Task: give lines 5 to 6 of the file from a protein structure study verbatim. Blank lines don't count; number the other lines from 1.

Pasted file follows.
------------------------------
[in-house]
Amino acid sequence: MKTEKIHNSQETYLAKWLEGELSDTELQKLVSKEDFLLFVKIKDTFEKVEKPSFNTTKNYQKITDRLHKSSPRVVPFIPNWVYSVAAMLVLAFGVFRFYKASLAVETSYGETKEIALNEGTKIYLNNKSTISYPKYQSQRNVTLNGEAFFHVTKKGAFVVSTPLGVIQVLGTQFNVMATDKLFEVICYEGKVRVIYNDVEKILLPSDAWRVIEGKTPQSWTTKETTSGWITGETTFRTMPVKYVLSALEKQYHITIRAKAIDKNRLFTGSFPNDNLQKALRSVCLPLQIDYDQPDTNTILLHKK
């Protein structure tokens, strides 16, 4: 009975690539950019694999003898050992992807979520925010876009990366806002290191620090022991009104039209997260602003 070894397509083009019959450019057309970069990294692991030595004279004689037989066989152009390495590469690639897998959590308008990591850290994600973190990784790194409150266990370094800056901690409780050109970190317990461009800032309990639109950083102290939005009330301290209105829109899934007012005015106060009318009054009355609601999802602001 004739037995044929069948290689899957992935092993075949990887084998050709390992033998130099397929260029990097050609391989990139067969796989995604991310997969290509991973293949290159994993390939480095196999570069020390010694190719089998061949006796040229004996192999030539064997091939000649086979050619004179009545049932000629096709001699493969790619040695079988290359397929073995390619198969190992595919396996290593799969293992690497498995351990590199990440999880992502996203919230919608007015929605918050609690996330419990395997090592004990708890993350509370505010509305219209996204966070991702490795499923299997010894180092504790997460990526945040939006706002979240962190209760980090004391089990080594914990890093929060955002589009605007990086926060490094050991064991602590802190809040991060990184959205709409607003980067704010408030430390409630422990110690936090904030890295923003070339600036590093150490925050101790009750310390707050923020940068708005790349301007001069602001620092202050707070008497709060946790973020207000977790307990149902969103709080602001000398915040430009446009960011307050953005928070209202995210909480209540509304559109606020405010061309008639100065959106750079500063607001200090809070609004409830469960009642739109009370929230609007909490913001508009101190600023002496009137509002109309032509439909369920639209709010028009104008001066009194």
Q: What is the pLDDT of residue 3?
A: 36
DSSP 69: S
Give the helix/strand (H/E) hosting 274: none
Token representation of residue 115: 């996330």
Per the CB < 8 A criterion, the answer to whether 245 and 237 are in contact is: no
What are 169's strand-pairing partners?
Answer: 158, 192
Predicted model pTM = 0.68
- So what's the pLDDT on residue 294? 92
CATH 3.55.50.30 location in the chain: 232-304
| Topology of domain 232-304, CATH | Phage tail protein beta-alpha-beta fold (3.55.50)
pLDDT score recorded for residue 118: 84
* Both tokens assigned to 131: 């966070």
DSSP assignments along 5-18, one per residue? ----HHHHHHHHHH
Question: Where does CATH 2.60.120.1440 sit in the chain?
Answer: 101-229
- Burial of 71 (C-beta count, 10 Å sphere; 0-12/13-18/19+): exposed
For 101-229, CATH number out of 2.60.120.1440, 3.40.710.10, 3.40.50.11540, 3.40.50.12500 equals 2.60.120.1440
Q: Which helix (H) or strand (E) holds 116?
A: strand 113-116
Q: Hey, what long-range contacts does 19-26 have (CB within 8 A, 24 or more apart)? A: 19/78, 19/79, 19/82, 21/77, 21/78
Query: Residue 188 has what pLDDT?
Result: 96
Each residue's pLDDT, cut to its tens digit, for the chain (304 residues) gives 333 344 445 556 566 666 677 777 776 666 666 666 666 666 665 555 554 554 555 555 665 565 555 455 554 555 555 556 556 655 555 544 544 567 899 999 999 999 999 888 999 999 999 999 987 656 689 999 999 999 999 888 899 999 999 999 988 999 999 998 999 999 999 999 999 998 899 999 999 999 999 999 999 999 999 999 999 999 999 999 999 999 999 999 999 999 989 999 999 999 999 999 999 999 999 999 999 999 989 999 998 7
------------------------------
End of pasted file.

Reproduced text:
A: 36
DSSP 69: S